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Jülicher Kolloquium: Future Accelerators for Particle Physics and Photon Science

Dr. Ralph W. Aßmann (DESY, Hamburg, Germany)

05.Sep.2014 14:00
05.Sep.2014 15:30
Forschungszentrum Jülich, großer Hörsaal (Zentralbibliothek, Gebäude 04.7)

Particle accelerators based on radio frequency systems have been a remarkable success story since they were proposed 90 years ago by Ising and demonstrated experimentally in Aachen by Wideröe. Today there are some 30,000 accelerators world-wide, from small industrial accelerators to the Large Hadron Collider, one of mankind's largest machines. The maximum beam energy in particle accelerators has for many years followed an exponential increase with time, the so-called Livingston curve. However, progress has slowed down significantly over the last years. At the same time the new technology of plasma-based electron accelerators has emerged with exponential progress since 1980. Acceleration lengths are a factor 100-1000 shorter than in conventional accelerators. Plasmas excited by industrially available lasers have produced accelerating gradients of up to 100 GV/m and electrons at energies up to 4.25 GeV, promising a revolution in the way accelerators are built. Much more compact and cost-effective accelerators can be imagined. The potential of this technology is discussed. National and international activities are summarized. Special emphasis will be placed on the Helmholtz Accelerator Research & Development (ARD) program and the common plans of seven Helmholtz centers and institutes towards a distributed ARD test facility. This common activity is aimed at plasma accelerators with adequate beam quality for users, an achievement that would be a quantum leap in accelerator technology.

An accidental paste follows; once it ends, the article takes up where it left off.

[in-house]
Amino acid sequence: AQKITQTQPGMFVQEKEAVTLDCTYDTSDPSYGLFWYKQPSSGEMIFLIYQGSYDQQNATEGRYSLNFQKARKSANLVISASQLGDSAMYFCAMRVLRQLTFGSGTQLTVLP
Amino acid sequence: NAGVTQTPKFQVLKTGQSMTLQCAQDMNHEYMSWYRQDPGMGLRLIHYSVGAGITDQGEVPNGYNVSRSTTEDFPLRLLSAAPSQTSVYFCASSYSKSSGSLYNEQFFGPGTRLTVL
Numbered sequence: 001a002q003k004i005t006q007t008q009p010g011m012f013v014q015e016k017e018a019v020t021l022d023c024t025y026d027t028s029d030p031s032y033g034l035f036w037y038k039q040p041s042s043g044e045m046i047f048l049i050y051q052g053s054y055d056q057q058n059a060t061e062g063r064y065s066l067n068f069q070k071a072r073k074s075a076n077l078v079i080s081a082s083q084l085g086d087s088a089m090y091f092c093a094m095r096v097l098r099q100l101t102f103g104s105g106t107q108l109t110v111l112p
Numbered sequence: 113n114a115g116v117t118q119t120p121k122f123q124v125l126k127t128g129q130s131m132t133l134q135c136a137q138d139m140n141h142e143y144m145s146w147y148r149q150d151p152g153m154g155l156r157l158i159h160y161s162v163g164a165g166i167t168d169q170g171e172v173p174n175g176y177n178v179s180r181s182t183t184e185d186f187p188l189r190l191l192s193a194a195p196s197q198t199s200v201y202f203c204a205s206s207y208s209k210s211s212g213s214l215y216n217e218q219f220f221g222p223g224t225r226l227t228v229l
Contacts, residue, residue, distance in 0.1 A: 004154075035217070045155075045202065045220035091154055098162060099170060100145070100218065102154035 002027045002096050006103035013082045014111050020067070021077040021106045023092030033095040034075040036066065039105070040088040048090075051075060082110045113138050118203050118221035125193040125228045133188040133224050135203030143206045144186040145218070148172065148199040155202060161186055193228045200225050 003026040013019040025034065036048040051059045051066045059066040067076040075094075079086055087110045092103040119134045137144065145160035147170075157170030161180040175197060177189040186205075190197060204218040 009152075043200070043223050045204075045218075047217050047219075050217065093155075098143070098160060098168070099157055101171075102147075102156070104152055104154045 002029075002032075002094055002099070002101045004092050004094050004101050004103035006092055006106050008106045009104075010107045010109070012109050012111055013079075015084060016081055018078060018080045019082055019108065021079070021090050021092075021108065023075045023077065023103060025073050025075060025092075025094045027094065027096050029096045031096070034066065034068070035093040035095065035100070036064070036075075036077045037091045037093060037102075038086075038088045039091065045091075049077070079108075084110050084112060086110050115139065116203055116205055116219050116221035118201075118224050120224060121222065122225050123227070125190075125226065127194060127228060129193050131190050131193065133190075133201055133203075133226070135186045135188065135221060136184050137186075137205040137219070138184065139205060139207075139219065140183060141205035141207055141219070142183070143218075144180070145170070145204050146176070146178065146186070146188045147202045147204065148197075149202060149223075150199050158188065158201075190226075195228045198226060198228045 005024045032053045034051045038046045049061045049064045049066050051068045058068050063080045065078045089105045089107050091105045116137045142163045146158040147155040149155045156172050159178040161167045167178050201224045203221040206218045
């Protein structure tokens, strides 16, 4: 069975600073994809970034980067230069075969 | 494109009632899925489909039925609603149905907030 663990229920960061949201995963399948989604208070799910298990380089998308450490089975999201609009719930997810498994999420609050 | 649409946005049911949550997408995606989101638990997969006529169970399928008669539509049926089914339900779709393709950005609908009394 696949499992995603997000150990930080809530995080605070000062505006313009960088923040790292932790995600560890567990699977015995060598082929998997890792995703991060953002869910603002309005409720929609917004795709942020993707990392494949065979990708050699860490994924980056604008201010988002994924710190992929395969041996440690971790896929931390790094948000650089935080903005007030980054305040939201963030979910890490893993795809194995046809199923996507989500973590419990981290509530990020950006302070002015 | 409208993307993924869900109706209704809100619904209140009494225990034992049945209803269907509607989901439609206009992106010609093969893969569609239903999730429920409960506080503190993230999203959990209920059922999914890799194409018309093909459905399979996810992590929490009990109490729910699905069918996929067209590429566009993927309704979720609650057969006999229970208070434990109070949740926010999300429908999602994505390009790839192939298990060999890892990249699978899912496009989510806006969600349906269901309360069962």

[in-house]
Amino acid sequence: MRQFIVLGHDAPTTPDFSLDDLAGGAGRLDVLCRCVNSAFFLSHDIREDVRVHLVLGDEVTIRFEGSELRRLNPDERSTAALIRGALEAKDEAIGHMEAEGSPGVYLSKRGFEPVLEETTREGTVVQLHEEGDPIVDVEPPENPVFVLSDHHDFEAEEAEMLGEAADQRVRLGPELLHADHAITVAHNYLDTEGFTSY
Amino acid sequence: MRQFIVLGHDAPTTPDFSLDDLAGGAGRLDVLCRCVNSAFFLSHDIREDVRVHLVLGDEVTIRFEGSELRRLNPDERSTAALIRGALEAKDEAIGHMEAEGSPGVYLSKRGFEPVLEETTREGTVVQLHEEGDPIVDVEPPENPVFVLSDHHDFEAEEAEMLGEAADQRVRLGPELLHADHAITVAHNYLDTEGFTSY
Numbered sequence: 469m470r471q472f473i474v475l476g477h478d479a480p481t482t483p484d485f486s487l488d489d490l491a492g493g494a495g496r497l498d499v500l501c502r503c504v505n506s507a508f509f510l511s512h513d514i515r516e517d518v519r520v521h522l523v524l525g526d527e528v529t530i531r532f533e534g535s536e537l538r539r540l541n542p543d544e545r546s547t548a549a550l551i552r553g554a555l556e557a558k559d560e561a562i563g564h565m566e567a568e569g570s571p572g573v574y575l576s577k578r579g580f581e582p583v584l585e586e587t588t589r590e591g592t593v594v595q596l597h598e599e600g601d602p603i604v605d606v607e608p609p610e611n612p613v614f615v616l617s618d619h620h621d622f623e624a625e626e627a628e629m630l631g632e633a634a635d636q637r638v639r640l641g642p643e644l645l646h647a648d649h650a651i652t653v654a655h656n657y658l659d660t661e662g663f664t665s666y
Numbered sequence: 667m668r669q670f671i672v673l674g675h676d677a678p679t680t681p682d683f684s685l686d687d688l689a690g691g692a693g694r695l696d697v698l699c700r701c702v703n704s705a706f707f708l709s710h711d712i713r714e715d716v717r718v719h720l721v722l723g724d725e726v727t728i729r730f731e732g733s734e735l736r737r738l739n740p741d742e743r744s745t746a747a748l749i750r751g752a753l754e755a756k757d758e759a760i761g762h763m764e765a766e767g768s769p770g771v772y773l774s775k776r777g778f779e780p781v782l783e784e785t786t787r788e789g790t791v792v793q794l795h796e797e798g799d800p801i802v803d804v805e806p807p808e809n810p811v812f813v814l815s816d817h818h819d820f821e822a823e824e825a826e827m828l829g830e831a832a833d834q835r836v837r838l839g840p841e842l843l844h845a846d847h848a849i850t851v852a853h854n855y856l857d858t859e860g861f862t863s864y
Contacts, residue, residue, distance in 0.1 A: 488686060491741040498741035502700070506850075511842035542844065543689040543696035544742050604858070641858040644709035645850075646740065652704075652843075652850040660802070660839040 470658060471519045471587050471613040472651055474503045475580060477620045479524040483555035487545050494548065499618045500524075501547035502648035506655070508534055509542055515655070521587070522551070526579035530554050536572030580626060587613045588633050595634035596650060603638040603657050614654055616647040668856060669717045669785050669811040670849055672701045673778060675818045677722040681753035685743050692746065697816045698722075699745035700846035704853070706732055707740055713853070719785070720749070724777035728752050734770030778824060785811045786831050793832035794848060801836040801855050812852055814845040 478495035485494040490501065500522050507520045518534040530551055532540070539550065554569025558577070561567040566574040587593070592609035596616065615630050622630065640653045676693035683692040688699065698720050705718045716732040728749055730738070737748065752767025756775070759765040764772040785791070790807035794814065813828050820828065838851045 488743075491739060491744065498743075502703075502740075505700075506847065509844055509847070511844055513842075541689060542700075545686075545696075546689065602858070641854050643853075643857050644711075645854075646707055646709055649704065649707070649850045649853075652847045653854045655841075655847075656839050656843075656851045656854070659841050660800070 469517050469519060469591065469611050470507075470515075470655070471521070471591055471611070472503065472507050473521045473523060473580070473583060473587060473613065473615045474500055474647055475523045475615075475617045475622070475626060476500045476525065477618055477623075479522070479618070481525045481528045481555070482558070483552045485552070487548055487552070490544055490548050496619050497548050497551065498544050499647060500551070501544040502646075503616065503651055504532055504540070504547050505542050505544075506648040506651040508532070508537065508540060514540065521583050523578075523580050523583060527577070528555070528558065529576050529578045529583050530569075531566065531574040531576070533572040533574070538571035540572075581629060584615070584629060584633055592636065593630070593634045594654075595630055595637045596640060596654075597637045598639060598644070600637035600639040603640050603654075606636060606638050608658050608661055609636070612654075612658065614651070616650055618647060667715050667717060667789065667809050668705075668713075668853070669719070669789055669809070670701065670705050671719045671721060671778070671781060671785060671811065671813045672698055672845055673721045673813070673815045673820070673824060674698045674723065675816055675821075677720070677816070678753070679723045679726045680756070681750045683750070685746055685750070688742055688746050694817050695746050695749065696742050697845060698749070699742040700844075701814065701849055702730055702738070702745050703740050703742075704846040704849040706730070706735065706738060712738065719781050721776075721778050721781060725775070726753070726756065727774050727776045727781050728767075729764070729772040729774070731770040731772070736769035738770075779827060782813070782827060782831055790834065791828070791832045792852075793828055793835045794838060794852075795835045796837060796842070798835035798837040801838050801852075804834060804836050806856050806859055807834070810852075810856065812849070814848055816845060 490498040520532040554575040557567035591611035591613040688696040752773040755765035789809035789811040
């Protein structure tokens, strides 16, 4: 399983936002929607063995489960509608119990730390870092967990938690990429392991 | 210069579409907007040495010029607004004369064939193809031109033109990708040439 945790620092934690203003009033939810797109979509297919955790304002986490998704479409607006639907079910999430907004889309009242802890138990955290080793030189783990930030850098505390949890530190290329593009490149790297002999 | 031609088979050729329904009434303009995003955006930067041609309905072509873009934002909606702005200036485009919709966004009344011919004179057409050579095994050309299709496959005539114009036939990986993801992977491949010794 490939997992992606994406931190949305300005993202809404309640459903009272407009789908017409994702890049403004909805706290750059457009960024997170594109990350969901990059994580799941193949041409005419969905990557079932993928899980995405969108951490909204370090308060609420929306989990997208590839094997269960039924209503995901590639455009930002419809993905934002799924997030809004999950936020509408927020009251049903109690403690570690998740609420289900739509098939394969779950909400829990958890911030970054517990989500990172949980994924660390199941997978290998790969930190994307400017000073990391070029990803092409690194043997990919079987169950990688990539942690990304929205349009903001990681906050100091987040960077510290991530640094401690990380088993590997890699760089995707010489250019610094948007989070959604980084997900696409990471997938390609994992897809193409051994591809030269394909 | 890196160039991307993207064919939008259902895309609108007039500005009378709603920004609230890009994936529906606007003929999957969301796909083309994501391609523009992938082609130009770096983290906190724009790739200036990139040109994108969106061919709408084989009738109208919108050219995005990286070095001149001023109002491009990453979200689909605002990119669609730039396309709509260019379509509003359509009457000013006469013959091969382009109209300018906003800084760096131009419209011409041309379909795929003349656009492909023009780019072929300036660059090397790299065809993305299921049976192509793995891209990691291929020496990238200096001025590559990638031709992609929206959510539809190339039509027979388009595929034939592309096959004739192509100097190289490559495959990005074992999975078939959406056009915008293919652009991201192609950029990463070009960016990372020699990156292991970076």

Future Accelerators for Particle Physics and Photon Science (PDF, 295 kB)